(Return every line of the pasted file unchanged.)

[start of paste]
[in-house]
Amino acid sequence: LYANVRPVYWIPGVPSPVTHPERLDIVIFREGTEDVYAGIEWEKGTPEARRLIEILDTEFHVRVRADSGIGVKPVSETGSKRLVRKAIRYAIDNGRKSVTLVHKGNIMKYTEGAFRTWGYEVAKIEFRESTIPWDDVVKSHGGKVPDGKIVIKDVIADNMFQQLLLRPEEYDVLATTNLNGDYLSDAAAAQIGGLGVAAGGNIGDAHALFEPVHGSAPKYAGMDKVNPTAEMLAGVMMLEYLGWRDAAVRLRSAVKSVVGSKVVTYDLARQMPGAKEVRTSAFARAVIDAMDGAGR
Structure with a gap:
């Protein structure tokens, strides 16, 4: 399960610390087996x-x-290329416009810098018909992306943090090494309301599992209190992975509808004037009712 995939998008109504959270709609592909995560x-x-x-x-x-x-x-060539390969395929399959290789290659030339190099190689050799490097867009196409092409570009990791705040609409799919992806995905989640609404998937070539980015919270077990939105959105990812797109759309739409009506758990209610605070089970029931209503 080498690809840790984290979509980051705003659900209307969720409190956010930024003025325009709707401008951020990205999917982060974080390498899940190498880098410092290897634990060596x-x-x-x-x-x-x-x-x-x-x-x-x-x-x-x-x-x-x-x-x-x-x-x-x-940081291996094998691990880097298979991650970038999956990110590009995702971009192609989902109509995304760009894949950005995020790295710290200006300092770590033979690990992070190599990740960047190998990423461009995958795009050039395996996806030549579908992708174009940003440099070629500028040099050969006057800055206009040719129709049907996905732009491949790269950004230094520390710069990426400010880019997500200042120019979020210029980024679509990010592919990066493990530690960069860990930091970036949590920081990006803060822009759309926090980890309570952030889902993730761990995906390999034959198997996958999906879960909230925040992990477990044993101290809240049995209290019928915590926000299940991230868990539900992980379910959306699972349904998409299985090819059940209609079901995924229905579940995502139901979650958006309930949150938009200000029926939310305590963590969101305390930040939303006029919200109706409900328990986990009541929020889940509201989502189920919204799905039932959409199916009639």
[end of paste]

[in-house]
Amino acid sequence: LYANVRPVYWIPGVPSPVTHPERLDIVIFREGTEDVYAGIEWEKGTPEARRLIEILDTEFHVRVRADSGIGVKPVSETGSKRLVRKAIRYAIDNGRKSVTLVHKGNIMKYTEGAFRTWGYEVAKIEFRESTIPWDDVVKSHGGKVPDGKIVIKDVIADNMFQQLLLRPEEYDVLATTNLNGDYLSDAAAAQIGGLGVAAGGNIGDAHALFEPVHGSAPKYAGMDKVNPTAEMLAGVMMLEYLGWRDAAVRLRSAVKSVVGSKVVTYDLARQMPGAKEVRTSAFARAVIDAMDGAGR
Structure with a gap:
């Protein structure tokens, strides 16, 4: 399960610390087996x-x-290329416009810098018909992306943090090494309301599992209190992975509808004037009712 995939998008109504959270709609592909995560x-x-x-x-x-x-x-060539390969395929399959290789290659030339190099190689050799490097867009196409092409570009990791705040609409799919992806995905989640609404998937070539980015919270077990939105959105990812797109759309739409009506758990209610605070089970029931209503 080498690809840790984290979509980051705003659900209307969720409190956010930024003025325009709707401008951020990205999917982060974080390498899940190498880098410092290897634990060596x-x-x-x-x-x-x-x-x-x-x-x-x-x-x-x-x-x-x-x-x-x-x-x-x-940081291996094998691990880097298979991650970038999956990110590009995702971009192609989902109509995304760009894949950005995020790295710290200006300092770590033979690990992070190599990740960047190998990423461009995958795009050039395996996806030549579908992708174009940003440099070629500028040099050969006057800055206009040719129709049907996905732009491949790269950004230094520390710069990426400010880019997500200042120019979020210029980024679509990010592919990066493990530690960069860990930091970036949590920081990006803060822009759309926090980890309570952030889902993730761990995906390999034959198997996958999906879960909230925040992990477990044993101290809240049995209290019928915590926000299940991230868990539900992980379910959306699972349904998409299985090819059940209609079901995924229905579940995502139901979650958006309930949150938009200000029926939310305590963590969101305390930040939303006029919200109706409900328990986990009541929020889940509201989502189920919204799905039932959409199916009639």